Apple is likely to launch a computerized smartwatch this fall that includes more than 10 sensors to take health measurements and other data, according to a published report.
The Wall Street Journal also said Friday that Apple Inc. is planning multiple designs and screen sizes for the device, which some people have dubbed the iWatch. Its official name has not been announced.
Apple intensified speculation this month when it said the upcoming version of its mobile operating system, iOS 8, will include HealthKit, which lets a variety of third-party apps -- and Apple's new Health app -- collect and share data.
The tech rumor mill has been buzzing for months that Apple has been working on a smartwatch. The main question has been when it would come out.
The market for wearables has been heating up in recent months. Google released a Android Wear operating system and is expected to reveal more plans for smartwatches at the Google I/O developers conference this week. Samsung, Sony, Qualcomm and others have already released smartwatches, but the gadgets have mostly functioned as companions to smartphones, offering email notifications, clock functions and the like. Samsung's Gear 2 line, released this year, added fitness-related apps and has a heart rate sensor.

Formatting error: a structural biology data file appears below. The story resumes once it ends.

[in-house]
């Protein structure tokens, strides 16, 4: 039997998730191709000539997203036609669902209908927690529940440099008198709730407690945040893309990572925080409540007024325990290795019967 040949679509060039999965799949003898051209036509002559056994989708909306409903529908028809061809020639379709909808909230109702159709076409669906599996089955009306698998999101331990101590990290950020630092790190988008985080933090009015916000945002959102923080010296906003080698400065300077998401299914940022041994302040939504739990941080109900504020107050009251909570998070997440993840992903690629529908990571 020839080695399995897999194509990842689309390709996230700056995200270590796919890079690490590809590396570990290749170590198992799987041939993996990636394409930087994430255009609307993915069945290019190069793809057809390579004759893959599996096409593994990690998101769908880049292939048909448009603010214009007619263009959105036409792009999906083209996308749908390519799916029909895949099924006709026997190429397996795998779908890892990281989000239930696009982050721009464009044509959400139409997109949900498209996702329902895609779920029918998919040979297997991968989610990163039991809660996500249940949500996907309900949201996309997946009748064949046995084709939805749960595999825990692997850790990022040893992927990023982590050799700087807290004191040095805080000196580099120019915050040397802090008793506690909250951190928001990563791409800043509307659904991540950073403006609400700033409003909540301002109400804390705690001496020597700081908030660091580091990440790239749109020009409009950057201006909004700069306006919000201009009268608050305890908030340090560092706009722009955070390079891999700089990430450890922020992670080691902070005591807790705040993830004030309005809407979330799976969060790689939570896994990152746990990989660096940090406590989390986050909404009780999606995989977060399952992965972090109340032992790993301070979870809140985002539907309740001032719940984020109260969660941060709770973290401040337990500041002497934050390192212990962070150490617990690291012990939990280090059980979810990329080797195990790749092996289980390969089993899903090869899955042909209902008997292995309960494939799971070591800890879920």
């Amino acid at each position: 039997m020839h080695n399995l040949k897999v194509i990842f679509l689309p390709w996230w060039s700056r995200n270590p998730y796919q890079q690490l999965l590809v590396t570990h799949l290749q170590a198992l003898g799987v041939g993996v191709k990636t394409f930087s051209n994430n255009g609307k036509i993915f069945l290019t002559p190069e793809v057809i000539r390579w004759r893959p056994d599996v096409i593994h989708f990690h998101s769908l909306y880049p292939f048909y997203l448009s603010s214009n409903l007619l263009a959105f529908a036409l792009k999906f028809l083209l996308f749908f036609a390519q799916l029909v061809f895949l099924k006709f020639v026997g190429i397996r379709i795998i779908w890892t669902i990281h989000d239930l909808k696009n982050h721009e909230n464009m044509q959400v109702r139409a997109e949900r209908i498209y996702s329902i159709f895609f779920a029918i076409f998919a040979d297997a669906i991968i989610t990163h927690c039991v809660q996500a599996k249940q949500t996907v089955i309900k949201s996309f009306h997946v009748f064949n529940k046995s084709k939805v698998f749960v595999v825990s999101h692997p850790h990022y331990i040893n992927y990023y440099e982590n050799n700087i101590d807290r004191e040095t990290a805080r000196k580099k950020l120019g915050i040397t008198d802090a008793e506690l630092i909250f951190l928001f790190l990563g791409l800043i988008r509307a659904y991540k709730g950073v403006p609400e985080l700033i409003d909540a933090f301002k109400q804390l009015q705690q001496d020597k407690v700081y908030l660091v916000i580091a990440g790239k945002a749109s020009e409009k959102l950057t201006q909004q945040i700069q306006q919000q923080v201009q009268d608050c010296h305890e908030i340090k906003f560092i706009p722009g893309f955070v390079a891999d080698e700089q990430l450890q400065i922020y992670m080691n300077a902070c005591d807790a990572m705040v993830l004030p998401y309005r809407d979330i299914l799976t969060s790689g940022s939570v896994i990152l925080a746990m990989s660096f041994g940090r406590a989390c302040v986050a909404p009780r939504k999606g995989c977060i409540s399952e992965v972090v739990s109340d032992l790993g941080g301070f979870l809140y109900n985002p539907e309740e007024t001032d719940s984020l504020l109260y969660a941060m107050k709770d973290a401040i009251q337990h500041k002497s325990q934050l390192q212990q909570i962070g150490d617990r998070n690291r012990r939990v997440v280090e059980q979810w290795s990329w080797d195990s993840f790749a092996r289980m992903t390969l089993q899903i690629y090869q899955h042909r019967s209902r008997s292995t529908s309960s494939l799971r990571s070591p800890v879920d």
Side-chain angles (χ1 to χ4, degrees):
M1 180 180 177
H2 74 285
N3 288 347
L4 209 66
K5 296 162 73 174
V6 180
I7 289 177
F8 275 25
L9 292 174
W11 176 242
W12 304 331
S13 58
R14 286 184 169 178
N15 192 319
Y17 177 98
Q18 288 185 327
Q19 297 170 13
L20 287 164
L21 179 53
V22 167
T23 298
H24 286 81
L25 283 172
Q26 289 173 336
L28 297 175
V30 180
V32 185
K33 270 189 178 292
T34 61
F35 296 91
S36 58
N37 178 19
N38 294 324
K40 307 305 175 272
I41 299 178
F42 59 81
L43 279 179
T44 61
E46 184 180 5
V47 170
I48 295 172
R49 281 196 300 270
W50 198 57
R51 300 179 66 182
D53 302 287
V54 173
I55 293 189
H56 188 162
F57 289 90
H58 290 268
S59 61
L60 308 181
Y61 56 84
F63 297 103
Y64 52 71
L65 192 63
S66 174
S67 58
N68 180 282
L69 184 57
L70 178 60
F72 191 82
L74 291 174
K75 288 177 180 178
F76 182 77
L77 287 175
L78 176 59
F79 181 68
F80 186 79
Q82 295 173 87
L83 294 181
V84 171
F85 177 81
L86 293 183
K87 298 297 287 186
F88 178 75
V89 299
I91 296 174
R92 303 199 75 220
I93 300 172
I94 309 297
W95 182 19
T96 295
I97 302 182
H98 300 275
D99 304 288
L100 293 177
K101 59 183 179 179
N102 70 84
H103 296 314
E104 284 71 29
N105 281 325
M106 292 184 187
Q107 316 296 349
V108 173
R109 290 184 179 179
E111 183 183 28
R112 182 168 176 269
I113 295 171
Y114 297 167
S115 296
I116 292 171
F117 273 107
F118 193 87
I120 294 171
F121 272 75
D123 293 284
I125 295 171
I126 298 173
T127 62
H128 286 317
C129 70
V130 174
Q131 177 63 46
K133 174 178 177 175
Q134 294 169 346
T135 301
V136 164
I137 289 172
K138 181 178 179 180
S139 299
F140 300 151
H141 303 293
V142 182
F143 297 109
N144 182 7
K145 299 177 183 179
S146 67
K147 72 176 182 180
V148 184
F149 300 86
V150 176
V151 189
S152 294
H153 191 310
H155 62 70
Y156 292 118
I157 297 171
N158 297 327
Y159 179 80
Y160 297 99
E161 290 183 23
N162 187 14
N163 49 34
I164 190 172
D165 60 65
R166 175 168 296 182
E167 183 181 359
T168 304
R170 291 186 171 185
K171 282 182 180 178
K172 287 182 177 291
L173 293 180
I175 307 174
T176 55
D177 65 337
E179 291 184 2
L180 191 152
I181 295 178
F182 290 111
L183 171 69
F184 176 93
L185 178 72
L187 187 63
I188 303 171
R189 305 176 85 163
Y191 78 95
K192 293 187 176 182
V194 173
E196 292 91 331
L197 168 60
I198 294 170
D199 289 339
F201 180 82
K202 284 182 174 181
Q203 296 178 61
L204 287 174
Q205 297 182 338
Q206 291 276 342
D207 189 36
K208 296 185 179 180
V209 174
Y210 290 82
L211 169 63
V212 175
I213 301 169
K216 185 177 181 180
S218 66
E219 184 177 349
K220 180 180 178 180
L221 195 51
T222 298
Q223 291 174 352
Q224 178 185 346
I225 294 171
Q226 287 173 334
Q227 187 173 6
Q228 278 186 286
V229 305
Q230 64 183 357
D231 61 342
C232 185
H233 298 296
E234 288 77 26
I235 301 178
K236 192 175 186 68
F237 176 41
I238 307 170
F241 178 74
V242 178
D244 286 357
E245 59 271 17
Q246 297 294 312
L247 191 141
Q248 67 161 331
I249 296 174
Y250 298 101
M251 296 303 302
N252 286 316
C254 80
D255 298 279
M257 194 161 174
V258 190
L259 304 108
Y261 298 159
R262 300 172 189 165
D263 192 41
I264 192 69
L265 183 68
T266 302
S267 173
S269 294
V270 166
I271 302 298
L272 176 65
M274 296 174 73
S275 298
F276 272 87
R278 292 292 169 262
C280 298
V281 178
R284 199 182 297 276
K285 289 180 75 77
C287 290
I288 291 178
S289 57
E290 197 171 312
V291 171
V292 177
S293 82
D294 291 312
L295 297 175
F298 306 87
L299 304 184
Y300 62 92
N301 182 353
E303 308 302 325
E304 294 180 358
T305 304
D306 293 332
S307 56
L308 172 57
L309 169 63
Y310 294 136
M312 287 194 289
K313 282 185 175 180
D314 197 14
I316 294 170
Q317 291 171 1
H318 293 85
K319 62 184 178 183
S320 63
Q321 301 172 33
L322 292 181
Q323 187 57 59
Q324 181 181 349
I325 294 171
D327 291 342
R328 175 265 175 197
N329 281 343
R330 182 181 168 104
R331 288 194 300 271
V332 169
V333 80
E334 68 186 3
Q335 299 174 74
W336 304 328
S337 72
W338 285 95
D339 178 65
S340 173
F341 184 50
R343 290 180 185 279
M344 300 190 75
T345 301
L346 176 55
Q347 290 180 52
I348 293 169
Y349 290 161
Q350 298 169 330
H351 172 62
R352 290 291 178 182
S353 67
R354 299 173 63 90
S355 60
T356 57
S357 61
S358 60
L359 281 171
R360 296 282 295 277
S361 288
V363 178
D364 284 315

Despite their growing availability, smartwatches have not yet become mainstream. Sales have been sluggish, as worldwide shipments totaled about 2.9 million units in the first quarter, according to ABI Research. That equals just 1 percent of the 300 million total smartphone sales during the same period.
Citing unnamed people familiar with the matter, the Journal said production of the Apple smartwatch is expected to begin in two or three months at Quanta Computer Inc., a Taiwanese company that has worked on Apple's Mac computers. Sales of the device could begin as early as October.
That timetable falls in line with the rumored iPhone 6, also expected from Apple this fall. A Taiwanese publication, the Economic News Daily, reported that Apple suppliers Foxconn and Pegatron are on a hiring spree to recruit factory workers to ramp up production. The next iPhone is predicted to begin manufacturing in July and ship in September or October, ZDNet reports.
Under pressure to release new products, Apple CEO Tim Cook has hinted at new products coming this year, but the company hasn't provided details. It declined comment on the latest reports, in line with its policy of not discussing future products.